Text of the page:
2. Problem statement. Present the central issue(s) or major problem(s) in the case here. Do not rehash the facts of the case; assume that anyone reading the report is familiar with the case.
  3. Alternatives. Discuss all relevant alternatives. Briefly present the major arguments for and against each alternative. Be sure to state your assumptions and the impact of constraints on each alternative.
  4. Conclusion. Present the analysis and the logic that led you to select a particular solution. Also discuss the reasons you rejected the other alternatives.
  5. Implementation. Outline a plan of action that will lead to effective implementation of the decision so that the reader can see not only why you chose a particular alternative but how it will work.

Oral Reports

In some instances the instructor may specifically require an oral report on a case. One student or a team of students will be assigned an oral report in advance. In many classroom situations, each student must be prepared to discuss any aspect of a case if called upon or to comment on ideas presented by other students. It is not uncommon for a large portion of the course grade to be based on the frequency and quality of a student's oral participation in classroom discussions. Preparation of an oral case report should include the following:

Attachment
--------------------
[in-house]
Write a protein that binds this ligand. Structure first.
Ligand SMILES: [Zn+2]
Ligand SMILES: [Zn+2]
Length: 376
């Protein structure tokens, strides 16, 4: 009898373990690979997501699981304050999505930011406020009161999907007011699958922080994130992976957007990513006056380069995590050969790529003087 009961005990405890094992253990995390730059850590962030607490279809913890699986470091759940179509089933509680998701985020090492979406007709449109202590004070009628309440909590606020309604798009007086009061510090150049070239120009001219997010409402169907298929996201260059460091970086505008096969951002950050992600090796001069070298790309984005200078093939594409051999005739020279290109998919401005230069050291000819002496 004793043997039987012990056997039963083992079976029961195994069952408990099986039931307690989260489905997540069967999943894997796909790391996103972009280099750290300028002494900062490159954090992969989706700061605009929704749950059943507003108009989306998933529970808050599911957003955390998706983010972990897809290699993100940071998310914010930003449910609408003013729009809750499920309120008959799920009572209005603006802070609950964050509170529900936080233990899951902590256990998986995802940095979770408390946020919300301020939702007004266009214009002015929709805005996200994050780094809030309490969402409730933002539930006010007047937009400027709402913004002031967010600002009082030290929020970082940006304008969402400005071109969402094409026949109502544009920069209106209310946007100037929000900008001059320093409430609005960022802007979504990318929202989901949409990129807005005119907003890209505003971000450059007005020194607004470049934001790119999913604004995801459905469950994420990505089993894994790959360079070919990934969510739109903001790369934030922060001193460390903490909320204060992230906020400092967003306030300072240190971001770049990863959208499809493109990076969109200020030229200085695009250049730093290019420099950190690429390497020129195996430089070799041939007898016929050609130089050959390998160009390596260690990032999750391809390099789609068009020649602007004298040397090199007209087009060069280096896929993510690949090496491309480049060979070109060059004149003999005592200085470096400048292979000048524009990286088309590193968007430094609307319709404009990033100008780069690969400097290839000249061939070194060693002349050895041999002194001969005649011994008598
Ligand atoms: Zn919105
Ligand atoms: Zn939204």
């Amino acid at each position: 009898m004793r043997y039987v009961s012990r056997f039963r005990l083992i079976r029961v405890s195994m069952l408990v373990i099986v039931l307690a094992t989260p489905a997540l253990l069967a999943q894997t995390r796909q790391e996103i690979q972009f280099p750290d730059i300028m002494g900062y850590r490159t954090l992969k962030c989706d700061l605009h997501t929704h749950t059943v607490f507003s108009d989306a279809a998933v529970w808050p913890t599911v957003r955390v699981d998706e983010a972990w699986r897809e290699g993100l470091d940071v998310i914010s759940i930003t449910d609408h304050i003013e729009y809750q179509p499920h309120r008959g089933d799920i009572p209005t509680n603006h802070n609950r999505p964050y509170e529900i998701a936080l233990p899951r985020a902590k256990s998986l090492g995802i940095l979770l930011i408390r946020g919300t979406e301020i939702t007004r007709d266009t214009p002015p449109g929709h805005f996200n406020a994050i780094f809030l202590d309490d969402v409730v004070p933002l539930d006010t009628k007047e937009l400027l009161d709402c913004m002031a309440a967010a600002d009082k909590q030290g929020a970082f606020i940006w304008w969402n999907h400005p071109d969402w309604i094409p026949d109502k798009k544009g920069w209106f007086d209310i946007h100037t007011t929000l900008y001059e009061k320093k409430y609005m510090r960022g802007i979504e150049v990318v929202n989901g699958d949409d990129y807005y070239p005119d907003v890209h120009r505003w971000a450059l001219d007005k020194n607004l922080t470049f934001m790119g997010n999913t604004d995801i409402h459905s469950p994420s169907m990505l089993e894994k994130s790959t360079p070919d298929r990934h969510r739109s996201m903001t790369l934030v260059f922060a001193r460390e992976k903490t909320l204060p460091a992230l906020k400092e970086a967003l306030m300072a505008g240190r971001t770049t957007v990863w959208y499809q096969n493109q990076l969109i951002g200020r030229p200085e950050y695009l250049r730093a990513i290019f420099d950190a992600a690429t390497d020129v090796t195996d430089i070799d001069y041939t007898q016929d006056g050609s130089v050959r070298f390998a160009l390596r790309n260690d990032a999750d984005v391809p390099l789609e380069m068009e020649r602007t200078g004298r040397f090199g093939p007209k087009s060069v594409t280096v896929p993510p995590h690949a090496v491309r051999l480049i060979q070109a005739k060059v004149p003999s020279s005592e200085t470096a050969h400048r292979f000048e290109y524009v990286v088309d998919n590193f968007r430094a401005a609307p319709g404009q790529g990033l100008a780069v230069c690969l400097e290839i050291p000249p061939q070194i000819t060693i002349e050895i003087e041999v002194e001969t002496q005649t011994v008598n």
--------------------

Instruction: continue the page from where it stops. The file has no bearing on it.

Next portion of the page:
1. Description of the case situation. Present a brief overview of the situation in the case. Sometimes a teacher will ask a student to start off the classroom discussion with this overview.
  2. Problem statement. Describe the major issue(s) or problem(s) in the case.
  3. Analysis of the key alternatives. Present the results of your analysis of relevant alternatives in a concise manner. Depending on the type of analysis, this is sometimes called "running the numbers."